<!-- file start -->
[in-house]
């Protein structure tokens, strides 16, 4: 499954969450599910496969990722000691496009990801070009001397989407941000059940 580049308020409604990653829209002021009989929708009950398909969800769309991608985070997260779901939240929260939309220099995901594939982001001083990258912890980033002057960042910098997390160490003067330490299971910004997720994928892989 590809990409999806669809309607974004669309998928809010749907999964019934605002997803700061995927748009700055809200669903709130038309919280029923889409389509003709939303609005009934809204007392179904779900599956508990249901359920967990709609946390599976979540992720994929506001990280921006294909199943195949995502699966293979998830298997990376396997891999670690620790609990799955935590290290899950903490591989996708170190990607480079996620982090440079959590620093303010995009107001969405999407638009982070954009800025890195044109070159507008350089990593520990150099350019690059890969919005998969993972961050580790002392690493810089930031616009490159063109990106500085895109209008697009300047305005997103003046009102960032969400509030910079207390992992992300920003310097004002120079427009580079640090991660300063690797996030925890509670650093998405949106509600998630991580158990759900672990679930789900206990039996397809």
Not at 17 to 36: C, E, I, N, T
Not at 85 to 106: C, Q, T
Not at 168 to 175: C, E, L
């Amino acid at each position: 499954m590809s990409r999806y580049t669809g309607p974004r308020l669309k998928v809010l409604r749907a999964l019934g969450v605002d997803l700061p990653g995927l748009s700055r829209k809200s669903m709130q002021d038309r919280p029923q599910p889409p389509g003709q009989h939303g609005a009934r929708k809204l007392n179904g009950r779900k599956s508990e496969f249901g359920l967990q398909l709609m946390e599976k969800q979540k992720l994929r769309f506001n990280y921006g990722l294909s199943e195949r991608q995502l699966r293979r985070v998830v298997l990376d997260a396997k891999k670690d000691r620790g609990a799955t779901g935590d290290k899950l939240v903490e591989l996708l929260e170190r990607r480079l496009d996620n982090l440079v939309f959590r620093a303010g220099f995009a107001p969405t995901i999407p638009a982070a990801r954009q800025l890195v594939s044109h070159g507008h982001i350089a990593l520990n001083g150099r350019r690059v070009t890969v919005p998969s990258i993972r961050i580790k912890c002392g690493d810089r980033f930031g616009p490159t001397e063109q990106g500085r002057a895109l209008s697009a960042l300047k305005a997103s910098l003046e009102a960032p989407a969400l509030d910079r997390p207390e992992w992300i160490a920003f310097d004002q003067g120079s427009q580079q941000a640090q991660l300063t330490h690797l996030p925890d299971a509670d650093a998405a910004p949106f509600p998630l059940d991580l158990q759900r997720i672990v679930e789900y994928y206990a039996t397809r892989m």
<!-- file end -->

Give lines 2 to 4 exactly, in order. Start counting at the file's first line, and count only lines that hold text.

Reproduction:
């Protein structure tokens, strides 16, 4: 499954969450599910496969990722000691496009990801070009001397989407941000059940 580049308020409604990653829209002021009989929708009950398909969800769309991608985070997260779901939240929260939309220099995901594939982001001083990258912890980033002057960042910098997390160490003067330490299971910004997720994928892989 590809990409999806669809309607974004669309998928809010749907999964019934605002997803700061995927748009700055809200669903709130038309919280029923889409389509003709939303609005009934809204007392179904779900599956508990249901359920967990709609946390599976979540992720994929506001990280921006294909199943195949995502699966293979998830298997990376396997891999670690620790609990799955935590290290899950903490591989996708170190990607480079996620982090440079959590620093303010995009107001969405999407638009982070954009800025890195044109070159507008350089990593520990150099350019690059890969919005998969993972961050580790002392690493810089930031616009490159063109990106500085895109209008697009300047305005997103003046009102960032969400509030910079207390992992992300920003310097004002120079427009580079640090991660300063690797996030925890509670650093998405949106509600998630991580158990759900672990679930789900206990039996397809």
Not at 17 to 36: C, E, I, N, T
Not at 85 to 106: C, Q, T